ESTIMATED READING TIME: 3 MINUTES
Having the right education, skills and certification is essential to get a rewarding career in the skilled trades. But there is one more tool you need to show employers that you are the right choice — your resume. A good resume highlights your relevant skills, experience, education and value to your potential employer, boosting your chances of getting an interview and ultimately, the job. There are some basic principle to to follow when writing your resume — here are some tips to get you noticed by your next employer.
Your resume should be well-presented and easy to follow. Employers are busy people, and if they are looking to hire a new employee, they are likely understaffed when they look at your application. With that in mind, they may only have a few minutes to look at your resume — if you're lucky.
Keep your resume to two pages with a simple font. Highlight sections like "WORK EXPERIENCE" and "EDUCATION" in bold of capitals to draw your potential employers attention to the right sections of your resume.
Layout your employment history and education in chronological order, beginning with what is most recent. If your work history is broken up due to career breaks or a periods of unemployment, be sure to include a skills summary that outlines why you are qualified followed by an overview of the work you have done in the past.
An employer expects the following information on your resume:
Include your full name, address, phone numbers and email address.
If you are a licensed Gas Technician, be sure to highlight that qualification, complete with the name of the school where you received it and the time you attended.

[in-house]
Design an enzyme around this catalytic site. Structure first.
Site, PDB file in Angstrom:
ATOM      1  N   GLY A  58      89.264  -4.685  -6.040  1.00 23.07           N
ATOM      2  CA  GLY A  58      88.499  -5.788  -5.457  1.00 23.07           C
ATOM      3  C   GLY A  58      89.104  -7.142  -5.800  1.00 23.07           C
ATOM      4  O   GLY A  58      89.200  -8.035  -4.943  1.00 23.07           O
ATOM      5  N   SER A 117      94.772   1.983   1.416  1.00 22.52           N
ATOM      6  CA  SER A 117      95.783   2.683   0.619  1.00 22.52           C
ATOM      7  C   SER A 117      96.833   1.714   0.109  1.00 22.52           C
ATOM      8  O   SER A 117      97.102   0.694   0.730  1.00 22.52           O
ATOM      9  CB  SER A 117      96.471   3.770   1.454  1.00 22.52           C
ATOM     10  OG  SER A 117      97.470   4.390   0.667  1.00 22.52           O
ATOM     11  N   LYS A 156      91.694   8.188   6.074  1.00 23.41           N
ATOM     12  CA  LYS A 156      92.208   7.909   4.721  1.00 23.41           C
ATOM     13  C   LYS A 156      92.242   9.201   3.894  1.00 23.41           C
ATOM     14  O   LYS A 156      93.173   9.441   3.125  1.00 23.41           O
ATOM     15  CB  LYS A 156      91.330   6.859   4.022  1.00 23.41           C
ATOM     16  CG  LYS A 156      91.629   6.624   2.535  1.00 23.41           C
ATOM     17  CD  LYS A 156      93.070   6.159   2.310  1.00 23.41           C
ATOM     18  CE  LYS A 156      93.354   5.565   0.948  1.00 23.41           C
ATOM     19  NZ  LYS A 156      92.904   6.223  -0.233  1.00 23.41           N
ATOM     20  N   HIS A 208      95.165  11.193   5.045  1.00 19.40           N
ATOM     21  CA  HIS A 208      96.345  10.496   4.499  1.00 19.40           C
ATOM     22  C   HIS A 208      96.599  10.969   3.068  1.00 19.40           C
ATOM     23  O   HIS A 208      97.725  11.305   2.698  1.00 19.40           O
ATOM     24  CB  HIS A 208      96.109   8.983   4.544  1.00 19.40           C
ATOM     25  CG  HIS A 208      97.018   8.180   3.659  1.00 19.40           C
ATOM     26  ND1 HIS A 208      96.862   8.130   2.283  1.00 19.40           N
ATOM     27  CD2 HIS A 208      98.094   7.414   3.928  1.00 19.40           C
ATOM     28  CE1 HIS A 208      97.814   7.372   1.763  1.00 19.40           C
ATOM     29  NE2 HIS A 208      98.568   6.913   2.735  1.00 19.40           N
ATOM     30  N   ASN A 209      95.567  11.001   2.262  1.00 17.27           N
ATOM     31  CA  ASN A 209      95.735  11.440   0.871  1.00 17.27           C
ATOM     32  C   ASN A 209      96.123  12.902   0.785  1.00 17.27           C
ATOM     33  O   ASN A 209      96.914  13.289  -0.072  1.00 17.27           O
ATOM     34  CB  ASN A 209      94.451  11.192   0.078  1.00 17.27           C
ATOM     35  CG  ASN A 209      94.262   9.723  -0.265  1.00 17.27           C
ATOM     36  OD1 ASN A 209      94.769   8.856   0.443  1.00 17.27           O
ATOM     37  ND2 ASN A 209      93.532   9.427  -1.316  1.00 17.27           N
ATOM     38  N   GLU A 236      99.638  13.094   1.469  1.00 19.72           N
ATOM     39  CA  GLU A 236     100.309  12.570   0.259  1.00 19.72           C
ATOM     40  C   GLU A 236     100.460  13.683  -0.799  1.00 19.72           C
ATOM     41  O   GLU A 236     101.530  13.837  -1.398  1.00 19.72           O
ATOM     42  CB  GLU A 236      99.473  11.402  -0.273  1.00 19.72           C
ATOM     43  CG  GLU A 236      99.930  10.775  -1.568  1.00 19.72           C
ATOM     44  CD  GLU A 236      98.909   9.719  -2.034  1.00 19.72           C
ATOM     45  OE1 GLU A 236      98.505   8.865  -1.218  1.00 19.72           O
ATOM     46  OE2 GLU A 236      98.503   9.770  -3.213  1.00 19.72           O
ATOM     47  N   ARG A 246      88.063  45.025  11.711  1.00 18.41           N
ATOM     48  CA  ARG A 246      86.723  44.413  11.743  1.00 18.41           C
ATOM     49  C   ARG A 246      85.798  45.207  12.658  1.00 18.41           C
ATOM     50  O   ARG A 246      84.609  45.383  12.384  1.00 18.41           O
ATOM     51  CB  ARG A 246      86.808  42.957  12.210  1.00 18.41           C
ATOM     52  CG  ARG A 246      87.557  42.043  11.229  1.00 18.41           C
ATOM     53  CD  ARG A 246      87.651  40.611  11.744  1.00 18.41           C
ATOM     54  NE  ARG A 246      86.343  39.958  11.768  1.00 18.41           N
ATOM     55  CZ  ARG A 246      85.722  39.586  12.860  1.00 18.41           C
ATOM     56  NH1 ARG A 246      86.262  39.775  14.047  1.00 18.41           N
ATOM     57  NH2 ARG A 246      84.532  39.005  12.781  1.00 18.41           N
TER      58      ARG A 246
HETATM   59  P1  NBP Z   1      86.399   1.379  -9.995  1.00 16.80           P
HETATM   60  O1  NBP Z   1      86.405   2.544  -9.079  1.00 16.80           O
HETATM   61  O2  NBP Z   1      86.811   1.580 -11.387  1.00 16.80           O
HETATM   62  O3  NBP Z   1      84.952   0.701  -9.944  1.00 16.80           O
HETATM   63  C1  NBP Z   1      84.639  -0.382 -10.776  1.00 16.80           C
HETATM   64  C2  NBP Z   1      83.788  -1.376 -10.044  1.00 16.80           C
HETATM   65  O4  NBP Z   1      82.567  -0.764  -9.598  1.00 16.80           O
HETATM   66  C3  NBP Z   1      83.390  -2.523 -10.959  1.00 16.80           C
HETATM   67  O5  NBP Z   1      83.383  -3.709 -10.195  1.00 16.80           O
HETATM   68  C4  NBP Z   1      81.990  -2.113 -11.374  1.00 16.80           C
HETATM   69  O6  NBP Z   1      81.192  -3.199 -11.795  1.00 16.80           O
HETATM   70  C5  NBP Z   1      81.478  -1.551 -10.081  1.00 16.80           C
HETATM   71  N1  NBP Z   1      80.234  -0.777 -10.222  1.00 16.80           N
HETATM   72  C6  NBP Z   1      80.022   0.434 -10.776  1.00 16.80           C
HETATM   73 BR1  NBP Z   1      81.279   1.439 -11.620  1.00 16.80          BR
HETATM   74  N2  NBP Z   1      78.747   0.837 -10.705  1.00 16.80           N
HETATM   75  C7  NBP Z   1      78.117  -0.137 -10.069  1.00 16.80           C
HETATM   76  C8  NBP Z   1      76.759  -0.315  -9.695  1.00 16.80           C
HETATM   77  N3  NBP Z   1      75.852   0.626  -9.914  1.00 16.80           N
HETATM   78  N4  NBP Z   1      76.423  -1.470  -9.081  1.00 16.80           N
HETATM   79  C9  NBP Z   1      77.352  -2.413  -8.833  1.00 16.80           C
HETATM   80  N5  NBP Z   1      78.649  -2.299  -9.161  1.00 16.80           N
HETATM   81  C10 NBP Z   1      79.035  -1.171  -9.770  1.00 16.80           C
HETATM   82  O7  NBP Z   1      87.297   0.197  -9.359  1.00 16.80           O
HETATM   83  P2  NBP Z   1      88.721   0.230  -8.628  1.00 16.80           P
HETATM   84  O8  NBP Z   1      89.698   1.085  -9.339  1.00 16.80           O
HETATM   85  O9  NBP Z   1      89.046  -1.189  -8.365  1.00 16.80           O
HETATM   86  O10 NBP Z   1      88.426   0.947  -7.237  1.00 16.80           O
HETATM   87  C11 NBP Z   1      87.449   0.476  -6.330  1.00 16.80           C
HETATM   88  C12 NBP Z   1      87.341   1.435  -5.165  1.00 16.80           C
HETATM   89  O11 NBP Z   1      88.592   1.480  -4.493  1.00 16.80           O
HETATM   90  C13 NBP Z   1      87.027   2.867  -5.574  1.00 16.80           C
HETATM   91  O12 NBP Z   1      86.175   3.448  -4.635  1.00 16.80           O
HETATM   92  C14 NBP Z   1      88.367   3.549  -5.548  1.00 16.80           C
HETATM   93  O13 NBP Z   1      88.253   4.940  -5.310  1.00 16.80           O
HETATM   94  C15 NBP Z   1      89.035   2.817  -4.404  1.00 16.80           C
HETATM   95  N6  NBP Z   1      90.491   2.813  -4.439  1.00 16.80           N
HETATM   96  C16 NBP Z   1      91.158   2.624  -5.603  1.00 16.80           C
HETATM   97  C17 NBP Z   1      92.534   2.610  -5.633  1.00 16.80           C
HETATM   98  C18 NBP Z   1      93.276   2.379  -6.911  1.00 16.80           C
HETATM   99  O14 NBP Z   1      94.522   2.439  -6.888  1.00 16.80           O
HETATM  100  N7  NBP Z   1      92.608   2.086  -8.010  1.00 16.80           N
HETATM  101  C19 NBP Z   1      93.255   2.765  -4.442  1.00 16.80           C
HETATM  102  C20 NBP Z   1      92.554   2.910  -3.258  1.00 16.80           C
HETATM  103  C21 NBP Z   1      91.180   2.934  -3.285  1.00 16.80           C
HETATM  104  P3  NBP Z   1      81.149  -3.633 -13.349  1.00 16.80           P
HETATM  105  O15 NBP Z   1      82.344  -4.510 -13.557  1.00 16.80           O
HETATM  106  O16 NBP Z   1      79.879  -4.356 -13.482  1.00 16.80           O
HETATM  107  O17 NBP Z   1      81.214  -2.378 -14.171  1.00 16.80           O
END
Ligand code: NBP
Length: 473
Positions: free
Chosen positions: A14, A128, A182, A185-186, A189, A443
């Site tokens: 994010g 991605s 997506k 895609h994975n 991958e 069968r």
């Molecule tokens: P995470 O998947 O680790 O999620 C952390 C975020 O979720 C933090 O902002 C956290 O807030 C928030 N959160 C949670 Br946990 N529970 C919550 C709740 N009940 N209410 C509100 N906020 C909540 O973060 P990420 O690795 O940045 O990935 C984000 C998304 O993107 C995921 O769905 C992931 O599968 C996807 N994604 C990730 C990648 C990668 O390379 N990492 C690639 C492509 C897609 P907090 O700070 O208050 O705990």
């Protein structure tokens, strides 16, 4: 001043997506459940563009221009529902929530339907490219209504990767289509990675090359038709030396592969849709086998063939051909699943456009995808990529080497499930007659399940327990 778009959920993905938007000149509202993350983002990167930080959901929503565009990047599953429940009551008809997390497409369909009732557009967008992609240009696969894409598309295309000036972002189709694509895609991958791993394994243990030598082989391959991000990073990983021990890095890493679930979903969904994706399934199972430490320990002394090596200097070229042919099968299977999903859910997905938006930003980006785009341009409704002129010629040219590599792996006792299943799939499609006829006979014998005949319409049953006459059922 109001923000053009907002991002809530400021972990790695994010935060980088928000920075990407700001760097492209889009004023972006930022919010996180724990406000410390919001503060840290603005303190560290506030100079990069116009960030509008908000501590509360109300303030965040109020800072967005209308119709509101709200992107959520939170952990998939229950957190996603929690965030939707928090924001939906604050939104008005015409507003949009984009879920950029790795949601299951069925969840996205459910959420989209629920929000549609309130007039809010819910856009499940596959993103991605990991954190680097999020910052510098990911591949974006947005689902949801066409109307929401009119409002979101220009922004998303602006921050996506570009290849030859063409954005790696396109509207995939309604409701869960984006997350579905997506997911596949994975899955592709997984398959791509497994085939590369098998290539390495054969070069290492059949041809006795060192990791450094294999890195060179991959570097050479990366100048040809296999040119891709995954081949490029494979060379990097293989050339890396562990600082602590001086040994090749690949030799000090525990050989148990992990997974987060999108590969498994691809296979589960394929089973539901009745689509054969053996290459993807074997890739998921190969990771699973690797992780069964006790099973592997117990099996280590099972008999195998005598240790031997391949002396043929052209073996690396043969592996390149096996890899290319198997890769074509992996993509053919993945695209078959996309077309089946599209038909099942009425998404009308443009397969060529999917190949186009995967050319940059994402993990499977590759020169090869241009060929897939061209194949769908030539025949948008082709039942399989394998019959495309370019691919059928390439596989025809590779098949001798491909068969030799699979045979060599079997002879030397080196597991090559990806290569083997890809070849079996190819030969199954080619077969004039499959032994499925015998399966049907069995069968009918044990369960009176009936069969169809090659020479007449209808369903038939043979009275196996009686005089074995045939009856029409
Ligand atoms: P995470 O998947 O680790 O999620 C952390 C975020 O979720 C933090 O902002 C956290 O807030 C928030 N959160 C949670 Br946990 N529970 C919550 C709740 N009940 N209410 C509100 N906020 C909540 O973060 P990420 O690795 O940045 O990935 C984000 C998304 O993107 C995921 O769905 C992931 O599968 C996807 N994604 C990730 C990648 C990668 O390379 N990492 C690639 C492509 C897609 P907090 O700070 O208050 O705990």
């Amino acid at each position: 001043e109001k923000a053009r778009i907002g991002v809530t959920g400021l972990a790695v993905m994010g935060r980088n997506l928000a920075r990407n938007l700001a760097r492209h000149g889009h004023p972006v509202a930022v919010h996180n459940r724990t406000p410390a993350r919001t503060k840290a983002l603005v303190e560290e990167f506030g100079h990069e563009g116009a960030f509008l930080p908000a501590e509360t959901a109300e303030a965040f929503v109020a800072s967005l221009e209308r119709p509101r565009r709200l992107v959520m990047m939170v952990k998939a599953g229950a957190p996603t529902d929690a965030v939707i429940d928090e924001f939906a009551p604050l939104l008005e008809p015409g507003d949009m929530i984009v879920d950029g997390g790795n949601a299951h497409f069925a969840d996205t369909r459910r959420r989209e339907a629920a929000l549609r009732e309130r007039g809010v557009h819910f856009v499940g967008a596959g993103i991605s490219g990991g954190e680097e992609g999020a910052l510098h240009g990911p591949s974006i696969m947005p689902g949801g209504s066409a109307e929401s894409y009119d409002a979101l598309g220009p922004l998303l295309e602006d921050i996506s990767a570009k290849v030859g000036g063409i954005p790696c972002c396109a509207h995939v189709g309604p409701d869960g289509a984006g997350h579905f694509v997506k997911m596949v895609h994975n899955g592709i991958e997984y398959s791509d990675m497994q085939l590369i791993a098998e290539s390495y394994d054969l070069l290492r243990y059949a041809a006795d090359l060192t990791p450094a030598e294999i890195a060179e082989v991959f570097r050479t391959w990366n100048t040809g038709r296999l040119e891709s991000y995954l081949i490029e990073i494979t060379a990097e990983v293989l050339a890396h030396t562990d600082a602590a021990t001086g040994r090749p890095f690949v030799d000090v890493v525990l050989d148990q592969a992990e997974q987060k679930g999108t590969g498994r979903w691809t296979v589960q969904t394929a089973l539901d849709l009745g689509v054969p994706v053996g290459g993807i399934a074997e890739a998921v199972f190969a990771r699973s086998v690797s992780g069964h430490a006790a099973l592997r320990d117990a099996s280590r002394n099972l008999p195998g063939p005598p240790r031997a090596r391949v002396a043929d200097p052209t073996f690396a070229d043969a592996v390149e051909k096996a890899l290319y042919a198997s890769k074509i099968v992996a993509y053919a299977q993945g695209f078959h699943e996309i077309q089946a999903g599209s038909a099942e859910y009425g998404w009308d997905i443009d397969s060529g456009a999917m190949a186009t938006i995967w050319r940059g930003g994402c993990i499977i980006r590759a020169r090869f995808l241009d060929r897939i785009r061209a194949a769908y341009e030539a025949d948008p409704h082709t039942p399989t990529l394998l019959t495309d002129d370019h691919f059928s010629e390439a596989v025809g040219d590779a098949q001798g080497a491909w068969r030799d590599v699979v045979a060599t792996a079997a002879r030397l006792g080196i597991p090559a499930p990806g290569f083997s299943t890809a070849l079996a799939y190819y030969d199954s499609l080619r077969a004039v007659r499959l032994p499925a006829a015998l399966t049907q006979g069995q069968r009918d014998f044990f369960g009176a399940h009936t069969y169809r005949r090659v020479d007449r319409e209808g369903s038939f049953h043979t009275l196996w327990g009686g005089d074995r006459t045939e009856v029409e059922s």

Beginning with your most recent position, describe your work experience in short sentences with straight-forward and positive language. Be sure to fully describe the job and demonstrate any general qualities you gained from the experience.
List brief details of qualifications and education, such as trades certificates, First Aid, drivers license and other important information. Include your schools' full names and locations.
List specific skills (like reading blue prints, for example) in full. Do not assume your potential employer will understand acronyms or abbreviations.
Volunteer experience shows an employer that you are engaged in your community, so be sure to include a list of any volunteer positions you have held.
Employers usually expect you to provide the names and contact information of three work references, one of whom should be your most recent employer. If you are a recent graduate with little work experience, include an instructor. Be sure you have spoken with your references in advance to get their permission to use them on your resume.
Do's and Don't's
- DO use a confident tone and positive language.
- DO concentrate on achievements, not responsibilities. For example, list things you have done. instead of rewriting your job description.
- DO keep it to the point and concentrate on quality, not quantity.
- DO check thoroughly for correct spelling and grammar. Have someone proofread your resume before you send it.
- DO submit your resume as requested, in the proper format and through the proper channels.
- DON'T leave gaps in your work record. Employers may assume the worst and think you were fired, even if it's not the case.
- DON'T lie. Employers will fact check your resume for accuracy.
- DON'T use elaborate fonts and colours — keep it simple and easy to read
Most importantly, don't forget that your resume is a tool for getting you an interview — it will not land you the job on its own, you will have to do some work when you meet your potential employer. But once you have the hands-on training and certification you need, dazzling your future employer should be easy and you will have that skilled trades job in no time!